Omar Khadr in Court: Eight ways the mainstream media missed the real story

| October 1, 2013
Omar Khadr interrogation. (Photo: howlmontreal / flickr)

Omar Khadr's first appearance before the Canadian public last week sparked considerable interest. In the Edmonton courtroom his lawyer, Dennis Edney, presented legal arguments why Omar should be released from the maximum-security institution where he is currently detained. Over one hundred supporters were present and at least a dozen reporters witnessed the day's events.

In the resulting press coverage several images were repeated and the reporting largely consistent. What most reporters didn't mention is the real story of Omar Khadr.

1. Omar glanced around the courtroom...

They didn't mention that Omar is blind in one eye due to shrapnel from the Delta Force bombing of the compound where 2,500 pound bombs were dropped on the compound where Omar was staying. And they didn't mention that during a decade in Guantanamo, he did not receive any medical care to prevent total loss of vision, and they didn't mention that most of those years Omar was in solitary confinement and exposed to 24 hours of fluorescent lighting, or that for years he was denied sunglasses for "state security" reasons.

2. Omar was wearing a polo shirt...

They didn't mention that Bagram guards referred to Omar as "Buckshot Bob." Under that shirt are wounds where two chunks of his chest and shoulder were blown out when he was shot in the back at point blank by a Delta Force soldier. Didn't mention that while those wounds were still raw, he was hooded, wrists shackled to the ceiling and made to stand for hours.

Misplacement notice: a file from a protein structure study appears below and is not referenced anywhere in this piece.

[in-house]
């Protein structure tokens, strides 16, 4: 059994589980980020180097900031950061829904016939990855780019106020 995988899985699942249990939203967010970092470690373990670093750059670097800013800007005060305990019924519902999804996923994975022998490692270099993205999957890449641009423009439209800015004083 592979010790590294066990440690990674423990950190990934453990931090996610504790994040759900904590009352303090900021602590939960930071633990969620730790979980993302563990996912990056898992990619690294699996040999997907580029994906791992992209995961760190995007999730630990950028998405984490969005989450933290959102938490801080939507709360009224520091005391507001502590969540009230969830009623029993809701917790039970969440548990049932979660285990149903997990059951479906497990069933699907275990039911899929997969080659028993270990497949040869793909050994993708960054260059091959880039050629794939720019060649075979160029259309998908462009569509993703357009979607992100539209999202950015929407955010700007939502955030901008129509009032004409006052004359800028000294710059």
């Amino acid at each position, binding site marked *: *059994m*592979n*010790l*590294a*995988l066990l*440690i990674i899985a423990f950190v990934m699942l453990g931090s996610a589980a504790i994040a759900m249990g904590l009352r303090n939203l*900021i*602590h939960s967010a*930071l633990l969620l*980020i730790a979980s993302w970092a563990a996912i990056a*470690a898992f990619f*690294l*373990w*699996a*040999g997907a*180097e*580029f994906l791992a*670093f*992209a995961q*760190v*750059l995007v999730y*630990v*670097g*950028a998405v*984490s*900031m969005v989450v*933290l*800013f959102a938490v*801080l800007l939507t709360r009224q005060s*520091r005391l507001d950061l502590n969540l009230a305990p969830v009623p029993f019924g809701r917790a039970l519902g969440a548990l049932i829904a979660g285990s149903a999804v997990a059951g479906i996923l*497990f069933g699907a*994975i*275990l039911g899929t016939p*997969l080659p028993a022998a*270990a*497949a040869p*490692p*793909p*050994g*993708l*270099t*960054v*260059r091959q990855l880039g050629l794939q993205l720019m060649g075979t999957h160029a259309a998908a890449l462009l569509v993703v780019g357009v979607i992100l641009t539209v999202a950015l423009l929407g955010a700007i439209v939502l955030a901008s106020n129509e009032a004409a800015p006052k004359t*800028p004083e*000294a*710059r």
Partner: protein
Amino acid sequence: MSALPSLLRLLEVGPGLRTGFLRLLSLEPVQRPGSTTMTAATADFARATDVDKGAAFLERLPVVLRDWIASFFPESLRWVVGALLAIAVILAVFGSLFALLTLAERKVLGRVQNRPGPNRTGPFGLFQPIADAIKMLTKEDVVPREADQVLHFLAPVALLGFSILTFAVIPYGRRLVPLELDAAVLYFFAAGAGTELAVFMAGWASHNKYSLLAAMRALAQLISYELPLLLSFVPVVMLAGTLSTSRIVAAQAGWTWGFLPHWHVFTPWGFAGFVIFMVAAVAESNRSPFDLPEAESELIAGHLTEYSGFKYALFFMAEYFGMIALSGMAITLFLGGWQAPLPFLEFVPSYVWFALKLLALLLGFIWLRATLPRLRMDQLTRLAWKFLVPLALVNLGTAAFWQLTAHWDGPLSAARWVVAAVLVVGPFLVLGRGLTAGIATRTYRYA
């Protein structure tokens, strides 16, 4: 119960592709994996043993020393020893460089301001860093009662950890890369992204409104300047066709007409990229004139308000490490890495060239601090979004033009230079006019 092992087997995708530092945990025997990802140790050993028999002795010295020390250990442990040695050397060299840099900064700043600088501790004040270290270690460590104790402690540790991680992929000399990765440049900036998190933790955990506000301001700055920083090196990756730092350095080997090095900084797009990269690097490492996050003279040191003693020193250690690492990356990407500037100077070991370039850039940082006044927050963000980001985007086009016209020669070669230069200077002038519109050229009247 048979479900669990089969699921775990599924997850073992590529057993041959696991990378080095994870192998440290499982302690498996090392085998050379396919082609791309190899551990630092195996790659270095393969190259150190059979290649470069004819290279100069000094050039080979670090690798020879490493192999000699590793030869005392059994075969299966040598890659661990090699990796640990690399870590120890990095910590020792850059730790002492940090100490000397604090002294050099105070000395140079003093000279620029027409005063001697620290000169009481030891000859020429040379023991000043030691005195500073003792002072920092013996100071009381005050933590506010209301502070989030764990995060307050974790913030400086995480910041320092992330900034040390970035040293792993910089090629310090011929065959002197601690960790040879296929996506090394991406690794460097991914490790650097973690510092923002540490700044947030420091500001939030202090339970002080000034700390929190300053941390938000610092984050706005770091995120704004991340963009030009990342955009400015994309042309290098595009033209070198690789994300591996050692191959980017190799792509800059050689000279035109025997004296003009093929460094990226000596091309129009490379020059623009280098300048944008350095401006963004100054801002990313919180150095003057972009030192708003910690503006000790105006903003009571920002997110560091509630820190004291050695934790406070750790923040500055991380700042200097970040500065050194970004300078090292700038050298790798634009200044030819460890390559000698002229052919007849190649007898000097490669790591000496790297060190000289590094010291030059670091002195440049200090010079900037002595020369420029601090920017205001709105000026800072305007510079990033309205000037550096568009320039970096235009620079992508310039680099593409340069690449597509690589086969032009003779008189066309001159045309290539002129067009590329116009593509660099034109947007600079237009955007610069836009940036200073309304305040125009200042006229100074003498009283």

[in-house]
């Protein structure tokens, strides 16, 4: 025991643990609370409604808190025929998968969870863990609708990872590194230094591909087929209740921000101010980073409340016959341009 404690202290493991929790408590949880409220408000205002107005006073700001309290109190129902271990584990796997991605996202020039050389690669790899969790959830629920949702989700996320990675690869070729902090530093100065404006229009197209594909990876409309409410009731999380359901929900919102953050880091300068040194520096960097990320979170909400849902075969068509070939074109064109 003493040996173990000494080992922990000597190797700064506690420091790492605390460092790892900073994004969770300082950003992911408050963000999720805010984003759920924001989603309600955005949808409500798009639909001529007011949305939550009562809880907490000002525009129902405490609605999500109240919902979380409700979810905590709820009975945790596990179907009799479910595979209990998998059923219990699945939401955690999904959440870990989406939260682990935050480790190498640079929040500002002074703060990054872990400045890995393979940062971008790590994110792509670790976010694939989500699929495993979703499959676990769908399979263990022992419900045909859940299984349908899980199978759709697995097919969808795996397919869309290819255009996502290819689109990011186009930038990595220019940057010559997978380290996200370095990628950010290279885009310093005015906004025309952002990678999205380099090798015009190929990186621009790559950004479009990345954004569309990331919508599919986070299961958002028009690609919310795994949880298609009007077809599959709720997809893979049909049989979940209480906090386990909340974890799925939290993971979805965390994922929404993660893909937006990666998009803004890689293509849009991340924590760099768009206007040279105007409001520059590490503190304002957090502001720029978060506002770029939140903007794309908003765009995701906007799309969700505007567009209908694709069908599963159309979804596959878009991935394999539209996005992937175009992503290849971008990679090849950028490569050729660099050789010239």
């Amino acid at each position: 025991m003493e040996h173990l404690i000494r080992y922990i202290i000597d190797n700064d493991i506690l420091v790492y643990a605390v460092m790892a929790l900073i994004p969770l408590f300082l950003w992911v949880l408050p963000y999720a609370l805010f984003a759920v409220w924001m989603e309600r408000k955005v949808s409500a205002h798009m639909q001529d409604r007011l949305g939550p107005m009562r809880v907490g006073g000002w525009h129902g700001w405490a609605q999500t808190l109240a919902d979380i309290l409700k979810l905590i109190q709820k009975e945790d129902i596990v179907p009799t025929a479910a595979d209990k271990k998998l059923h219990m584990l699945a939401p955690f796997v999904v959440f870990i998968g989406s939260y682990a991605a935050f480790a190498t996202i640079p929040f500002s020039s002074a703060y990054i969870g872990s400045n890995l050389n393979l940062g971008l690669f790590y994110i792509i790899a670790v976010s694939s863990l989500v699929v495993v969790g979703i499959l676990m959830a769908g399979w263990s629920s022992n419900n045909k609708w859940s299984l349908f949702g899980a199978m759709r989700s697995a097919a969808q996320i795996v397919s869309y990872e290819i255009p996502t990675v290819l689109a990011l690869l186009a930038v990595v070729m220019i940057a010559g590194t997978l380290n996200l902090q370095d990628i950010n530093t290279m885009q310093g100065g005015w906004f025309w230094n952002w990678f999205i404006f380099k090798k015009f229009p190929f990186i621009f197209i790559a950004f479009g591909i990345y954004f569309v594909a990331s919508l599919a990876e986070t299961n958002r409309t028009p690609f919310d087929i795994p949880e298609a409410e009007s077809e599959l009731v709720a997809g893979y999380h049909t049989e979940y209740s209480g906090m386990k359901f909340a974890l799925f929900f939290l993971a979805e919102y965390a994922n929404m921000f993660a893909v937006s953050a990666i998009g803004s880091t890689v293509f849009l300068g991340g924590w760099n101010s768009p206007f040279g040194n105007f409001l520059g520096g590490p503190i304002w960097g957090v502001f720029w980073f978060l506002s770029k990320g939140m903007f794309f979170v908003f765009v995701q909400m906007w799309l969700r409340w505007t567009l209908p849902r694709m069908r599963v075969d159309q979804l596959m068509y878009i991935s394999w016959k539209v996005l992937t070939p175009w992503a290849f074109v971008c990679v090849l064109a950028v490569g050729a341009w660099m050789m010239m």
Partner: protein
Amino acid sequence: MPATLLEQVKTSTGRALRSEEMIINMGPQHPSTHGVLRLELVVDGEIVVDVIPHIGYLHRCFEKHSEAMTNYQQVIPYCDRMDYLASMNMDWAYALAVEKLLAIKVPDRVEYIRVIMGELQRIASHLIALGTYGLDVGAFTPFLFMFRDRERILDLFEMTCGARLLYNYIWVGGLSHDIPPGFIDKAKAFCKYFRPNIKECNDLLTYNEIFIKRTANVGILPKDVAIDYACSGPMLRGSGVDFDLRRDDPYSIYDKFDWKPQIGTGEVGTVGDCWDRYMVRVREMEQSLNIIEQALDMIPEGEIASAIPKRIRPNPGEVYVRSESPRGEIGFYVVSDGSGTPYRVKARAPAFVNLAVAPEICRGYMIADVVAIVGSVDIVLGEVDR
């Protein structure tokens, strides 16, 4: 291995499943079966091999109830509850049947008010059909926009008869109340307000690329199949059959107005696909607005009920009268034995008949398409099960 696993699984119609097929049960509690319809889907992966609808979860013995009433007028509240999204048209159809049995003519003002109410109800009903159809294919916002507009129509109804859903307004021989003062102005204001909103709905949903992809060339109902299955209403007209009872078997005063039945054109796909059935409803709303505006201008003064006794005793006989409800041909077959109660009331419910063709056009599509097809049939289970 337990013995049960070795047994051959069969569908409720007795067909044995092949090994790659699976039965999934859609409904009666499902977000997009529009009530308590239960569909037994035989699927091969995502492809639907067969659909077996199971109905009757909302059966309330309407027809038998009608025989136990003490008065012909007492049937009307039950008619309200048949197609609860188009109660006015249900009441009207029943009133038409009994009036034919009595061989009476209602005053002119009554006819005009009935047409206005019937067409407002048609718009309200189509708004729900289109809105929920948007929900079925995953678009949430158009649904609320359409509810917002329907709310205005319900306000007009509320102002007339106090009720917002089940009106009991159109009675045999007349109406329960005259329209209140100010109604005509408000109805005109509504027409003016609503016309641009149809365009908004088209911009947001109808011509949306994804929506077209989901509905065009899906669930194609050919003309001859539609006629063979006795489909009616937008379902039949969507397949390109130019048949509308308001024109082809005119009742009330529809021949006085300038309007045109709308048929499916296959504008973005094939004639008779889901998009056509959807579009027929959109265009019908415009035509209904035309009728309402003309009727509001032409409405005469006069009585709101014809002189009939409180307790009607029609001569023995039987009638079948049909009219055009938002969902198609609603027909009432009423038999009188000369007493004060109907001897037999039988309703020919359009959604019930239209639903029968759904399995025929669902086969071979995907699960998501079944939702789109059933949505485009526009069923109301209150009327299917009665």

3. Omar looked relaxed...

They didn't mention that Omar has spent most of the past 11 years in solitary confinement, deprived of all human contact in a window-less cell, food thrust through a slot in the door. They didn't mention how overwhelming it must have been for him to sit in a room filled with people who were scrutinizing every move. They didn't mention his incredible composure and ability to sit still for hours intensely-focused on dry legal arguments and the seemingly endless paper shuffling of the judge and five lawyers.

4. He looked fit...

They didn't mention that for most of a decade he was shackled to the floor of his cell and five times a week led in handcuffs and leg irons to a small chain-link cage for 20 minutes of solitary exercise.

5. He smiled at his lawyer...

They didn't mention that Dennis Edney has represented Omar on a pro bono basis for the past decade. From their first meeting in Guantanamo, Mr. Edney, at great personal and financial sacrifice for himself and his family, has waged a legal battle as intense as if Omar were his own son. "I never thought I would go to such an evil place and see such evil being done. Guantanamo changed me. I went in a lawyer and came out a broken father". They didn't mention that Omar finally free, will be welcome to join the Edney family in their Edmonton home. They didn't mention that there is a finally a fundraising campaign where people can donate to help Dennis Edney with ongoing legal expenses in his battle to free Omar.

6. The spectators stood and called out words of support to Omar as he was led from the courtroom...